TCR: When it comes to financial crime, why is ignorance of the law a defense?
JE: It’s very hard to understand. In street crime, you don’t have to prove mens rea, because you’re essentially supposed to know that drug dealing is wrong, or murder is wrong, or recklessly driving a vehicle is wrong. And so that’s all implicit— it’s part of the law, but it’s implicit. But in white collar law, and this is the most difficult thing— you have to demonstrate that… so, mens rea is not just special to white collar law, corporate law. But the problem is that when you’re dealing with accounting, or securities, things like that, you have to show that not only was the accounting wrong, but you knew it.
And it makes some sense, I think. You don’t want to throw people in prison for innocent mistakes. The problem is, it makes it so difficult to actually prove a crime that they become wary of it and they don’t even try.
TCR: And this further insulates executives?
JE: Executives have an enormous amount of insulation, and they also get to rely on the experts— they rely on legal counsel, they rely on accountants, and you have to break that. And the way you break that is you need to pick your cases of accountants and lawyers and investment bankers who are giving advice to these executives, who turned out to be criminal. And because of that, you put these professional classes, these professions… the law, accounting, auditing, on notice. And there’s a real deterrent effect.
Victoria Mckenzie is Deputy Editor (Content) of The Crime Report. This interview has been condensed and edited for space. Readers’ comments are welcome.
In a farewell interview before stepping down after 13 years as president of the John Jay College of Criminal Justice, Jeremy Travis predicts the fear-mongering rhetoric about crime from the current administration won’t slow down reforms at the state and local levels. “The American people are smarter than that,” he says.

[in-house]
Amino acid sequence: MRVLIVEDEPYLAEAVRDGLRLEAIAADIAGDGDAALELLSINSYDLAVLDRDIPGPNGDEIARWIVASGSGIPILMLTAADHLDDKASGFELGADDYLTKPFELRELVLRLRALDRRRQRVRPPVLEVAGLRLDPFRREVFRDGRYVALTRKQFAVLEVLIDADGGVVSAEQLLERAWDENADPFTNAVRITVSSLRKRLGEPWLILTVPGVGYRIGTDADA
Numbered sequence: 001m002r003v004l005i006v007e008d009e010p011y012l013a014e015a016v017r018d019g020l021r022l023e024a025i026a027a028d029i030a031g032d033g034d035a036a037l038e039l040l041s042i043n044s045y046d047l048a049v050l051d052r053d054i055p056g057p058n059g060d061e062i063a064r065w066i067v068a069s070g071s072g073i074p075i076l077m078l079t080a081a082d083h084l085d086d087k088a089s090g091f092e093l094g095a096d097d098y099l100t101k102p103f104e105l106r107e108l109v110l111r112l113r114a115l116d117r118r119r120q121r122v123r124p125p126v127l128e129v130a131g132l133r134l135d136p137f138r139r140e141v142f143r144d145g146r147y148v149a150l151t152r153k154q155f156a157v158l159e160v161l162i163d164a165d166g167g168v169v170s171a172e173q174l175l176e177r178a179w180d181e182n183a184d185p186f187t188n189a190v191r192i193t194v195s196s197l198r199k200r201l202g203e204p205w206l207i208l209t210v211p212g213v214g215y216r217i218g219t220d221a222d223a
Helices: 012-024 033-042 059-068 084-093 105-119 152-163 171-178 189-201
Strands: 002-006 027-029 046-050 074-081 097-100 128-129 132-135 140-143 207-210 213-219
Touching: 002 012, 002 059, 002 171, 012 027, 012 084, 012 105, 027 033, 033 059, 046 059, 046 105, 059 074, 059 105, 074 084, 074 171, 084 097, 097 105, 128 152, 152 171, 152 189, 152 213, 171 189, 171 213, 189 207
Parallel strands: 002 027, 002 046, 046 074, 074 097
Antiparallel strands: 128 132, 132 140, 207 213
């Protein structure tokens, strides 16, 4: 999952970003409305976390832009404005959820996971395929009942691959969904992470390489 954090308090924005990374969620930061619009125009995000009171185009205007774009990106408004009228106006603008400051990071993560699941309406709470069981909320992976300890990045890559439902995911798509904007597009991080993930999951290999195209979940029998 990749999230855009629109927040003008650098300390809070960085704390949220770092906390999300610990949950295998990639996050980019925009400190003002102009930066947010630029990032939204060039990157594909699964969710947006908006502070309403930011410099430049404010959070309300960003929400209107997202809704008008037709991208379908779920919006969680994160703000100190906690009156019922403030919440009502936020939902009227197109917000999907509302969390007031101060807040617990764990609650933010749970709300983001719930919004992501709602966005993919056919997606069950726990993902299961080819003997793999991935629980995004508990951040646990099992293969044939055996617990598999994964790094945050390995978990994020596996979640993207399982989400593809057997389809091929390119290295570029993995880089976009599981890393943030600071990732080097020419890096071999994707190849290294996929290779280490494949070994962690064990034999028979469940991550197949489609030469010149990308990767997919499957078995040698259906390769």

Local and state politicians can overcome the tough-on-crime rhetoric coming from Washington if they take advantage of the still-viable left-right consensus on justice system reforms, as well as the groundswell of public support for those reforms, says Jeremy Travis, the departing president of the John Jay College of Justice in New York.
Travis, one of the country’s most forceful advocates for reducing prison populations, acknowledged that fear-mongering has ratcheted up in the aftermath of the election, buttressed by the early efforts of President Donald Trump’s administration to reverse some of his predecessor’s moves to reduce prison overcrowding and promote policing reform.
But, he said, “I think the American people are smarter than that.”
Entrance to main campus, John Jay College
Travis, who has served as head of the National Institute of Justice and as a senior official in New York City’s government, steps down next month after 13 years at the helm of the country’s preeminent academic institution for criminal justice.
He said those who worry that justice reform will go backwards under Washington’s current leadership are losing sight of the momentum for change already underway in states and cities across the nation.
“A number of states continue to be every bit as serious as they were before the election about reducing levels of incarceration,” he said, noting that a handful have already seen incarceration numbers drop by 20 percent in the last decade.
And despite spikes of violent crime in some cities, such as Chicago, many others are experiencing a continued decline.
“New York is on track for another record year (of crime reduction),” Travis said.
Fears that bipartisan support for reform is weakening are also misplaced, added Travis.
“After the election, a number of us received calls from colleagues on the conservative side of the spectrum who said we’re still on, we’re still committed to reform,” he said, calling the sustained level of support from both sides “unprecedented.”
“The left-right consensus still holds,” he maintained.
Travis’ tenure as the fourth president of John Jay was marked by the college’s emergence as a major influence on policy changes both federally and locally.
Over 14,000 undergraduate and graduate students attend John Jay